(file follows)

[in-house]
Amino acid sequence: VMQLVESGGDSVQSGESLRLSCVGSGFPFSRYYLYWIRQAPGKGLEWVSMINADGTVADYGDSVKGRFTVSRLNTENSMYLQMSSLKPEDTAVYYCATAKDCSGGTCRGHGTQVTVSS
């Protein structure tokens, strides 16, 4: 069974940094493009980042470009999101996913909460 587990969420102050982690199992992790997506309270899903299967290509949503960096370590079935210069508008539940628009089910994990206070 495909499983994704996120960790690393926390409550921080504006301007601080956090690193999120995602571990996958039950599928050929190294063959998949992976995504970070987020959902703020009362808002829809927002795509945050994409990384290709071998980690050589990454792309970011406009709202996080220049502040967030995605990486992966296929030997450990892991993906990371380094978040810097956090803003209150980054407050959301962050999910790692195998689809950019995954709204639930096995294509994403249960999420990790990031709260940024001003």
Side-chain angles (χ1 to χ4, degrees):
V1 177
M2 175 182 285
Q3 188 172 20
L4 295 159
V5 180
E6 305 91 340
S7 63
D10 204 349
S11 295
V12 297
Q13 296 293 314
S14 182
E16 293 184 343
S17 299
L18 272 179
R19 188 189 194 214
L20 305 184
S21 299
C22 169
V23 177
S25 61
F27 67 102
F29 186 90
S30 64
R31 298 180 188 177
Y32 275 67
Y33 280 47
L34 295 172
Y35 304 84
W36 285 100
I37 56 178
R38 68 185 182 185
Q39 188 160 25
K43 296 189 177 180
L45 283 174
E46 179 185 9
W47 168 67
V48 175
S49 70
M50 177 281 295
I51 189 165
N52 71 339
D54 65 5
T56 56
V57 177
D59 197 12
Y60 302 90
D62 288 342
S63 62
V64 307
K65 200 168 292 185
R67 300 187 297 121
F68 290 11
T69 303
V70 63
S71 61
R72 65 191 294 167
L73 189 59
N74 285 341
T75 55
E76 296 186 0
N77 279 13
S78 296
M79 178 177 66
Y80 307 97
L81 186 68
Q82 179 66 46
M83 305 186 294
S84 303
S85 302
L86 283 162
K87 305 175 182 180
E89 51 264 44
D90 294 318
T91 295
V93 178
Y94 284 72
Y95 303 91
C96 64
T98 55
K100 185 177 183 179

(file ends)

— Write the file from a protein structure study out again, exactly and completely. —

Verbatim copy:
[in-house]
Amino acid sequence: VMQLVESGGDSVQSGESLRLSCVGSGFPFSRYYLYWIRQAPGKGLEWVSMINADGTVADYGDSVKGRFTVSRLNTENSMYLQMSSLKPEDTAVYYCATAKDCSGGTCRGHGTQVTVSS
């Protein structure tokens, strides 16, 4: 069974940094493009980042470009999101996913909460 587990969420102050982690199992992790997506309270899903299967290509949503960096370590079935210069508008539940628009089910994990206070 495909499983994704996120960790690393926390409550921080504006301007601080956090690193999120995602571990996958039950599928050929190294063959998949992976995504970070987020959902703020009362808002829809927002795509945050994409990384290709071998980690050589990454792309970011406009709202996080220049502040967030995605990486992966296929030997450990892991993906990371380094978040810097956090803003209150980054407050959301962050999910790692195998689809950019995954709204639930096995294509994403249960999420990790990031709260940024001003």
Side-chain angles (χ1 to χ4, degrees):
V1 177
M2 175 182 285
Q3 188 172 20
L4 295 159
V5 180
E6 305 91 340
S7 63
D10 204 349
S11 295
V12 297
Q13 296 293 314
S14 182
E16 293 184 343
S17 299
L18 272 179
R19 188 189 194 214
L20 305 184
S21 299
C22 169
V23 177
S25 61
F27 67 102
F29 186 90
S30 64
R31 298 180 188 177
Y32 275 67
Y33 280 47
L34 295 172
Y35 304 84
W36 285 100
I37 56 178
R38 68 185 182 185
Q39 188 160 25
K43 296 189 177 180
L45 283 174
E46 179 185 9
W47 168 67
V48 175
S49 70
M50 177 281 295
I51 189 165
N52 71 339
D54 65 5
T56 56
V57 177
D59 197 12
Y60 302 90
D62 288 342
S63 62
V64 307
K65 200 168 292 185
R67 300 187 297 121
F68 290 11
T69 303
V70 63
S71 61
R72 65 191 294 167
L73 189 59
N74 285 341
T75 55
E76 296 186 0
N77 279 13
S78 296
M79 178 177 66
Y80 307 97
L81 186 68
Q82 179 66 46
M83 305 186 294
S84 303
S85 302
L86 283 162
K87 305 175 182 180
E89 51 264 44
D90 294 318
T91 295
V93 178
Y94 284 72
Y95 303 91
C96 64
T98 55
K100 185 177 183 179